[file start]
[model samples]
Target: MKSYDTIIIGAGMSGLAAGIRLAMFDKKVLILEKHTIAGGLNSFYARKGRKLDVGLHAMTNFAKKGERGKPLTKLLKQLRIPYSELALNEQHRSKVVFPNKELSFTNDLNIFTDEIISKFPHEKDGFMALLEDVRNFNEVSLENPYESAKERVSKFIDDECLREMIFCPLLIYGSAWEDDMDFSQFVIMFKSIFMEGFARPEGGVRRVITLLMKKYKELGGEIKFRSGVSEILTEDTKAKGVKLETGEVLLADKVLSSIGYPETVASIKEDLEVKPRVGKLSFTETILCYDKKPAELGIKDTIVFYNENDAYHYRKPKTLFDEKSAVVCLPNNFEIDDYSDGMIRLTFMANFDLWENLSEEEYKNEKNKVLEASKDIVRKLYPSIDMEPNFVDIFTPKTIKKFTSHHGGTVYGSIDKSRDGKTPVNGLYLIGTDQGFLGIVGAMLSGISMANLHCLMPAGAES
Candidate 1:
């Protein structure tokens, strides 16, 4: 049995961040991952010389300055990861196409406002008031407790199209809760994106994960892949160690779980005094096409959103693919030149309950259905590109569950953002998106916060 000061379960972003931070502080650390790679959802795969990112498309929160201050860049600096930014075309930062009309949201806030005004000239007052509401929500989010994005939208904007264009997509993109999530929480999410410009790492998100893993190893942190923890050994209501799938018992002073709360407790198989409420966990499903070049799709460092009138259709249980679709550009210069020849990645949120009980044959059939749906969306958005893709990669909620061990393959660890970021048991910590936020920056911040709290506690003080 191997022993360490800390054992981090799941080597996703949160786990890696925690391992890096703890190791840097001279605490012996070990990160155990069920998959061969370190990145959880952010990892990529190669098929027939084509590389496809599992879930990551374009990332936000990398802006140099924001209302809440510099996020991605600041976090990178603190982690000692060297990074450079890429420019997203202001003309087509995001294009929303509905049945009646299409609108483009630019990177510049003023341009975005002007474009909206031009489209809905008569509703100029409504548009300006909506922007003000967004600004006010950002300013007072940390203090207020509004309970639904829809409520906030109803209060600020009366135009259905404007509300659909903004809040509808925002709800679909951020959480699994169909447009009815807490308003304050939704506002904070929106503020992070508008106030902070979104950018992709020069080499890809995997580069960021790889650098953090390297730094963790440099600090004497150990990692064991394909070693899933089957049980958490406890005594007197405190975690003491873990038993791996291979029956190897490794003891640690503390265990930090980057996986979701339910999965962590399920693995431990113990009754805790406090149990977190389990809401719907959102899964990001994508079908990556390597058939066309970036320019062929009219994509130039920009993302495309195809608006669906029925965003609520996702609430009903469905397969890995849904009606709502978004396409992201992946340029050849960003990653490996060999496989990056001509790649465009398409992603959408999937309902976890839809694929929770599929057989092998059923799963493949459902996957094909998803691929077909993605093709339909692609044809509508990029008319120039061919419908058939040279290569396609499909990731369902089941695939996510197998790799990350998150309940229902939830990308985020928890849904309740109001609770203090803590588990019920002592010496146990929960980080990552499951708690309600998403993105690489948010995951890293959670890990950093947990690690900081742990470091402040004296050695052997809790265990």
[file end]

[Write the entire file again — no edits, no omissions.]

[model samples]
Target: MKSYDTIIIGAGMSGLAAGIRLAMFDKKVLILEKHTIAGGLNSFYARKGRKLDVGLHAMTNFAKKGERGKPLTKLLKQLRIPYSELALNEQHRSKVVFPNKELSFTNDLNIFTDEIISKFPHEKDGFMALLEDVRNFNEVSLENPYESAKERVSKFIDDECLREMIFCPLLIYGSAWEDDMDFSQFVIMFKSIFMEGFARPEGGVRRVITLLMKKYKELGGEIKFRSGVSEILTEDTKAKGVKLETGEVLLADKVLSSIGYPETVASIKEDLEVKPRVGKLSFTETILCYDKKPAELGIKDTIVFYNENDAYHYRKPKTLFDEKSAVVCLPNNFEIDDYSDGMIRLTFMANFDLWENLSEEEYKNEKNKVLEASKDIVRKLYPSIDMEPNFVDIFTPKTIKKFTSHHGGTVYGSIDKSRDGKTPVNGLYLIGTDQGFLGIVGAMLSGISMANLHCLMPAGAES
Candidate 1:
């Protein structure tokens, strides 16, 4: 049995961040991952010389300055990861196409406002008031407790199209809760994106994960892949160690779980005094096409959103693919030149309950259905590109569950953002998106916060 000061379960972003931070502080650390790679959802795969990112498309929160201050860049600096930014075309930062009309949201806030005004000239007052509401929500989010994005939208904007264009997509993109999530929480999410410009790492998100893993190893942190923890050994209501799938018992002073709360407790198989409420966990499903070049799709460092009138259709249980679709550009210069020849990645949120009980044959059939749906969306958005893709990669909620061990393959660890970021048991910590936020920056911040709290506690003080 191997022993360490800390054992981090799941080597996703949160786990890696925690391992890096703890190791840097001279605490012996070990990160155990069920998959061969370190990145959880952010990892990529190669098929027939084509590389496809599992879930990551374009990332936000990398802006140099924001209302809440510099996020991605600041976090990178603190982690000692060297990074450079890429420019997203202001003309087509995001294009929303509905049945009646299409609108483009630019990177510049003023341009975005002007474009909206031009489209809905008569509703100029409504548009300006909506922007003000967004600004006010950002300013007072940390203090207020509004309970639904829809409520906030109803209060600020009366135009259905404007509300659909903004809040509808925002709800679909951020959480699994169909447009009815807490308003304050939704506002904070929106503020992070508008106030902070979104950018992709020069080499890809995997580069960021790889650098953090390297730094963790440099600090004497150990990692064991394909070693899933089957049980958490406890005594007197405190975690003491873990038993791996291979029956190897490794003891640690503390265990930090980057996986979701339910999965962590399920693995431990113990009754805790406090149990977190389990809401719907959102899964990001994508079908990556390597058939066309970036320019062929009219994509130039920009993302495309195809608006669906029925965003609520996702609430009903469905397969890995849904009606709502978004396409992201992946340029050849960003990653490996060999496989990056001509790649465009398409992603959408999937309902976890839809694929929770599929057989092998059923799963493949459902996957094909998803691929077909993605093709339909692609044809509508990029008319120039061919419908058939040279290569396609499909990731369902089941695939996510197998790799990350998150309940229902939830990308985020928890849904309740109001609770203090803590588990019920002592010496146990929960980080990552499951708690309600998403993105690489948010995951890293959670890990950093947990690690900081742990470091402040004296050695052997809790265990």